However, the deputy found out that Spencer has a long history of providing prescription medications to other individuals.

An autopsy was performed by the Ramsey County Medical Examiner's office and it revealed that the cause of death was probable mixed drug toxicity.

In court April 11, a victim impact statement from Maria Vasquez, mother of Juan Vasquez, was read in court.

It said: "Three years ago on January 22, 2013, my life and the lives of my children changed forever. It was on this day that my son, Juan Francisco Vasquez, took his last breath. Since then, my heart has been empty.

There is a part of me that is missing. I know my son. I know the kind of man he was. He was sweet, loving, funny, energetic and talented. Juan brought love and laughter to our family and friends.

I don't know all the facts and perhaps never will, but I do hold Mr. Spencer responsible. Mr Spencer's actions have taken away a son, father, brother, and friend. He is no longer in our lives.

My children and I don't have the words to express how it feels. How it feels for a mother to bury their child. How it feels for a son to lose their father or a brother or sister to lose a brother. I can only express it as an emptiness in my heart where memories overflow in my mind and an urge to cry out every tear in my body.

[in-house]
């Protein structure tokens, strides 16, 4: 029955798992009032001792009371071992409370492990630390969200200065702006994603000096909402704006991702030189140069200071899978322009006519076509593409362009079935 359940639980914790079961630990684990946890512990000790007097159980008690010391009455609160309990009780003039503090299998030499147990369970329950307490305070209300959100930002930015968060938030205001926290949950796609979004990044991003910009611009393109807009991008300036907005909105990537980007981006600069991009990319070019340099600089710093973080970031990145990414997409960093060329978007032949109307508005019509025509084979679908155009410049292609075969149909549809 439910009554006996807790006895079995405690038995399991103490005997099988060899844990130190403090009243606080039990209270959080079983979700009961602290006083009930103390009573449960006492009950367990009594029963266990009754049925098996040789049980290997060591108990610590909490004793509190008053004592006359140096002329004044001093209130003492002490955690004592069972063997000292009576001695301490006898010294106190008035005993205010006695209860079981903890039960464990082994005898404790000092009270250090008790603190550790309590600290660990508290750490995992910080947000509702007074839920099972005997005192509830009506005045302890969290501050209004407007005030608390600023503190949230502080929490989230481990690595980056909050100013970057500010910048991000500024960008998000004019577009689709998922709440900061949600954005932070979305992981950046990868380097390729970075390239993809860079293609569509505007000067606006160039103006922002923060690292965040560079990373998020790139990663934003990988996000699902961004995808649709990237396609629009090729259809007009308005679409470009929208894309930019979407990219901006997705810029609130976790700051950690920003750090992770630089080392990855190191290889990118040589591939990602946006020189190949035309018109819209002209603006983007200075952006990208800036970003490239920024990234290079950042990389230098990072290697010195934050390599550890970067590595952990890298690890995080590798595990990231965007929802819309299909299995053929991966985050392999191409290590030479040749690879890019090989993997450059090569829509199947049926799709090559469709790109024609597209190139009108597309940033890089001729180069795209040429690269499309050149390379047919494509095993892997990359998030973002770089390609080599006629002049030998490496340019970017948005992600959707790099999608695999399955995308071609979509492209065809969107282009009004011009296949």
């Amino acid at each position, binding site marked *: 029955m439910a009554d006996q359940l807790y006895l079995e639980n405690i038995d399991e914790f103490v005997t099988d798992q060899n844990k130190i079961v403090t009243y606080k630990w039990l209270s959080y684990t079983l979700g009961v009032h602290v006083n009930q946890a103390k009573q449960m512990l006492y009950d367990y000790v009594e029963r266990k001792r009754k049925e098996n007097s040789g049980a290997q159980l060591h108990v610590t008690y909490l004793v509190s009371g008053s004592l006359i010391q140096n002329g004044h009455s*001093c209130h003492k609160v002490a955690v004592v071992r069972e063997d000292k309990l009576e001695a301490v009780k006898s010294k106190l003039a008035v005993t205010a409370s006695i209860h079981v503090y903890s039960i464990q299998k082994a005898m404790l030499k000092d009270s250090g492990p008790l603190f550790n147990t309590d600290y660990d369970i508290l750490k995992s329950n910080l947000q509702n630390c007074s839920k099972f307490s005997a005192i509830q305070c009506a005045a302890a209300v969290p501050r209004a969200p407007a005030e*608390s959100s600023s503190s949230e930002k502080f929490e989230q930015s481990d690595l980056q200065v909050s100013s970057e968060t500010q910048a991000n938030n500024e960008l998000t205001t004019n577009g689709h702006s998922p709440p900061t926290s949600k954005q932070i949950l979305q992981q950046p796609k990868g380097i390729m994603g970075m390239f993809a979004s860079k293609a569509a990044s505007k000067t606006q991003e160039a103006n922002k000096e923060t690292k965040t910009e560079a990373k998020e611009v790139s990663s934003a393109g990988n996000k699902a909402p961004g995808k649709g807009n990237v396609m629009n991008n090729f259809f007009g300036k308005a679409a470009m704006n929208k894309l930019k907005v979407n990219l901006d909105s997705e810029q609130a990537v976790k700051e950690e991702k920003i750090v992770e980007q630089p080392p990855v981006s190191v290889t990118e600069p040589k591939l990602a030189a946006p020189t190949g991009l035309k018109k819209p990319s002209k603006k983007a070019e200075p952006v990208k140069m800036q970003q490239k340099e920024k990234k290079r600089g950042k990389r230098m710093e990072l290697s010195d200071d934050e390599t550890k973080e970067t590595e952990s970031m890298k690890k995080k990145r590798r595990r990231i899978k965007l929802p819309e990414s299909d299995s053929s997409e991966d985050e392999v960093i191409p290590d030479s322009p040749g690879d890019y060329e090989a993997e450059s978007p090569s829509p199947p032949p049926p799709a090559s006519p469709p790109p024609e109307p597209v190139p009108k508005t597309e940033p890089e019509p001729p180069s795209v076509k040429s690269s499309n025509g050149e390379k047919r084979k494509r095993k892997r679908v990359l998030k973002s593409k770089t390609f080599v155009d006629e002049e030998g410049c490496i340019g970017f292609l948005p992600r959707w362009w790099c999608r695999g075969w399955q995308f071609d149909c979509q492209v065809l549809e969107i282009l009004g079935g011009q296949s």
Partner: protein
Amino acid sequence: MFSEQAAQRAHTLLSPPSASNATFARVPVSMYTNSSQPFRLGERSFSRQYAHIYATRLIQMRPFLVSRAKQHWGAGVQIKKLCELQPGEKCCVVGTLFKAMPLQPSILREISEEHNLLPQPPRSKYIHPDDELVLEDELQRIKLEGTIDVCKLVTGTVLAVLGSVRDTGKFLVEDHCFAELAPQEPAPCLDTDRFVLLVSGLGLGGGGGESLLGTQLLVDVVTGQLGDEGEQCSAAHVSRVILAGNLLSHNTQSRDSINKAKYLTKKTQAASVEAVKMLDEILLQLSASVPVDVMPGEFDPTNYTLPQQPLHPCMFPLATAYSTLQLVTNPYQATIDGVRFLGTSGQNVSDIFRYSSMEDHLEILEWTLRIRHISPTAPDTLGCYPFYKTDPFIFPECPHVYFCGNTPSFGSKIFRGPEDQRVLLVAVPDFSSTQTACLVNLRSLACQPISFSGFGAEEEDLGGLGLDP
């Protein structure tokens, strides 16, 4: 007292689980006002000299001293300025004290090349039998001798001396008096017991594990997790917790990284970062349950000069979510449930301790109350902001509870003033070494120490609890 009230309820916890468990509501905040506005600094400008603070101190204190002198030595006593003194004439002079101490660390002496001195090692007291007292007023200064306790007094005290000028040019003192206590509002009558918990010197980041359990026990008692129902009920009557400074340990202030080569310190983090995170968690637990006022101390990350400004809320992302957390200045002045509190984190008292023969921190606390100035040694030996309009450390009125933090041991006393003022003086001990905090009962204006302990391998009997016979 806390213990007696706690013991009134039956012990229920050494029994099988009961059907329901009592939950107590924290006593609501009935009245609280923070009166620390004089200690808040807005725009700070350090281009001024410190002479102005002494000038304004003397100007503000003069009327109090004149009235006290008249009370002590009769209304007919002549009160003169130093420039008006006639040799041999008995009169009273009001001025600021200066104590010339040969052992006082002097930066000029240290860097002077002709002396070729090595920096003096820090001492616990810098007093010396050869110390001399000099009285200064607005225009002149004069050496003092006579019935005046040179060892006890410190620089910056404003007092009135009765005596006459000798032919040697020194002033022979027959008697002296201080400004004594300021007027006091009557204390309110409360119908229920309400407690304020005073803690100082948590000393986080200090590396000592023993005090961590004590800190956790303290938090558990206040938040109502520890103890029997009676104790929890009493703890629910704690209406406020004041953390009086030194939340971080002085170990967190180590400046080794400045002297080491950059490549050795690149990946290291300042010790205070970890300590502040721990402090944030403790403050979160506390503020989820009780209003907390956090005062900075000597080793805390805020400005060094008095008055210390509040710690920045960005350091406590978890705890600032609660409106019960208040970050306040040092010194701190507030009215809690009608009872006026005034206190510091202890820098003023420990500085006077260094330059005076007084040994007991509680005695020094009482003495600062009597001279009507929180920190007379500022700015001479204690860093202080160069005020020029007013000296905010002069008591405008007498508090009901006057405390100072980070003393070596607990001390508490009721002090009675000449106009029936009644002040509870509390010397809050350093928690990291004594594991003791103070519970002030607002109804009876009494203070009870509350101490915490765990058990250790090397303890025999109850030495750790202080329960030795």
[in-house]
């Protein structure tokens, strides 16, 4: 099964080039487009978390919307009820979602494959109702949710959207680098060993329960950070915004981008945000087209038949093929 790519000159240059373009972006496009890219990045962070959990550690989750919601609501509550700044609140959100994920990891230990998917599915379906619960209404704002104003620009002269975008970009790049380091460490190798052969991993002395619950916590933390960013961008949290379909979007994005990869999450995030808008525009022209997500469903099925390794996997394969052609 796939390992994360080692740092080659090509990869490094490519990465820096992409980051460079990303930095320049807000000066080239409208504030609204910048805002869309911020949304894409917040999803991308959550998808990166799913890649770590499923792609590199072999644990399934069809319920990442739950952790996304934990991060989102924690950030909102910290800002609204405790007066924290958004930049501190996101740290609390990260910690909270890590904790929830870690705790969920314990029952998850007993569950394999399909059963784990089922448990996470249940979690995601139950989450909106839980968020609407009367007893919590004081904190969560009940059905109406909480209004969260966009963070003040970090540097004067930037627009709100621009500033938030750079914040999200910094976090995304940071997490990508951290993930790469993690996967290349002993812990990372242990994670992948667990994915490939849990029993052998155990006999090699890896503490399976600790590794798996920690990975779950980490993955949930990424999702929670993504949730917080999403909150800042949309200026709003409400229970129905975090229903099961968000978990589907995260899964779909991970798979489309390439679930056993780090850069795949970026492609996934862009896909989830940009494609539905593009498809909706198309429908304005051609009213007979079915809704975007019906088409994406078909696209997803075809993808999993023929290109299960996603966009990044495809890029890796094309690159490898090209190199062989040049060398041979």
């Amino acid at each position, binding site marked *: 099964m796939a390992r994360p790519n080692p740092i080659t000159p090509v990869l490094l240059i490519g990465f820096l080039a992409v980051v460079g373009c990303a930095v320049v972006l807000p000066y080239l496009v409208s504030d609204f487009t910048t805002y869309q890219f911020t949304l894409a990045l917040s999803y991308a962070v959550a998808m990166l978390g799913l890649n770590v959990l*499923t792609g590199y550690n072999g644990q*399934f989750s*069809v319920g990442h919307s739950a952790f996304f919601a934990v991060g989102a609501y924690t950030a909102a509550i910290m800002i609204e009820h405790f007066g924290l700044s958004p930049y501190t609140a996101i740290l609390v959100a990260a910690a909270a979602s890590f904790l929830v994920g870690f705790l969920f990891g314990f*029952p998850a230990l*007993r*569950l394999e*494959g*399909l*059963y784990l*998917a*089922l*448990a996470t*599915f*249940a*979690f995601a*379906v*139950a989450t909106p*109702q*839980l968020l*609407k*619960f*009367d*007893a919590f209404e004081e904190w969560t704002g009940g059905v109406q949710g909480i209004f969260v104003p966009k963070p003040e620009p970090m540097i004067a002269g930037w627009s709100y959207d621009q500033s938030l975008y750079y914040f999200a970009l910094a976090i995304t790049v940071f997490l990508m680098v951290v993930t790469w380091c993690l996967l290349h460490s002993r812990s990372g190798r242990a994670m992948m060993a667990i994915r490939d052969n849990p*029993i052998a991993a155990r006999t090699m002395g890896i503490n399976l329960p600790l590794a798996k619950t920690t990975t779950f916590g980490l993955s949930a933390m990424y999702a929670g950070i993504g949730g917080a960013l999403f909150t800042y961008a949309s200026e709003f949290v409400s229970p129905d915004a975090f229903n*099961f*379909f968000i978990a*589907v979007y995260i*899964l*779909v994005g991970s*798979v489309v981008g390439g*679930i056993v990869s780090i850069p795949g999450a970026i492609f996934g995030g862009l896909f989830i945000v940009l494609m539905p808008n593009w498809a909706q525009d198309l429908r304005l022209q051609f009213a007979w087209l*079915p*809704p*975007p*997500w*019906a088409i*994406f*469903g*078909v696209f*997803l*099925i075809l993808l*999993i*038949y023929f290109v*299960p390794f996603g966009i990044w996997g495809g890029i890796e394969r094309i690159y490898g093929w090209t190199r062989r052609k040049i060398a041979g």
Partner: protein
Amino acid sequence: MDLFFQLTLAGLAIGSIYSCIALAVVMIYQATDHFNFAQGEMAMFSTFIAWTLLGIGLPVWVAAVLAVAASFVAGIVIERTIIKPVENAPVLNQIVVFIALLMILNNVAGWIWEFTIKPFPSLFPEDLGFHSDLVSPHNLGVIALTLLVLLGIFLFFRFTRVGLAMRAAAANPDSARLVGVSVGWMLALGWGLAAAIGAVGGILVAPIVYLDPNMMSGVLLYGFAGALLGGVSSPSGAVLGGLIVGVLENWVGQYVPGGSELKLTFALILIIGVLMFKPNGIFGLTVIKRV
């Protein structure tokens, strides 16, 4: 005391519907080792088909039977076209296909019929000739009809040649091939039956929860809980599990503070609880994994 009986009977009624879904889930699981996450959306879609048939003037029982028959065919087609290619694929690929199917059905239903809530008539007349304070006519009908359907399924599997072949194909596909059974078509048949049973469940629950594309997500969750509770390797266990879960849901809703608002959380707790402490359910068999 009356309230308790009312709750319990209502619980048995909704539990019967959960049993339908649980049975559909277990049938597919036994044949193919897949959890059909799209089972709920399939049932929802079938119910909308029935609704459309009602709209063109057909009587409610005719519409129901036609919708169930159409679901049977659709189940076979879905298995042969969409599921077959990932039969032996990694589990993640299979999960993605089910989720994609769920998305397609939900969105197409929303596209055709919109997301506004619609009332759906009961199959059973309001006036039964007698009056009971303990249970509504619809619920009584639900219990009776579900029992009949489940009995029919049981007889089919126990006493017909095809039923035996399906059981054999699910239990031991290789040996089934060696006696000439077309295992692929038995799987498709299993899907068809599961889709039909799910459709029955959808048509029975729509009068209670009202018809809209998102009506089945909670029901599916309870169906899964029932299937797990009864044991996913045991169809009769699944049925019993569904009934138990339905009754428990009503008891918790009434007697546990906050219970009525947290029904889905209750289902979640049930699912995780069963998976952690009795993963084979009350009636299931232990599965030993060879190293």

I dream of him every night calling for me and telling me, 'Mom, I am here, I am not dead, stop crying.' I feel his presence and every now and then, I hear his voice.

I hurt for my son, but I also hurt for my grandson. It has been over a year since we have seen him. His mother no longer lets us see him because she thinks it will confuse him more now since they have started a new life. My grandson was a big part of me, a mini-Frankie. Frankie is what we called Juan.

I hope someday my grandson will come and look for us and ask about his father.

Mr. Spencer may feel like he has losses but the real loss is that of the life of my son being taken away. His actions have consequences. I hope that God continues to give me strength of life and health to move on for the children I do have left.

I wish Mr. Spencer peace in his mind and conscious. We believe the laws of the land can be bought, but will leave the true and final justice in the hands of God. May God forgive you and may He always remain with us."

The victim impact statement was signed simply, "Maria Vasquez."

During the plea hearing, Spencer also requested that the condition of release regarding no weapons be dropped with the completion of his stay of imposition. Judge Douglas Richards granted the request if Spencer meets all of the appropriate conditions.

Besides his 120-day sentence to the Faribault County Jail, Spencer will also be given 0-5 years supervised probation.

Other conditions require Spencer to abstain from alcohol and other controlled substances not prescribed by a doctor, submit to random testing and cooperate with random searches of his person and household. He must have no misdemeanor or greater violations against him as well as provide a DNA sample to the court system.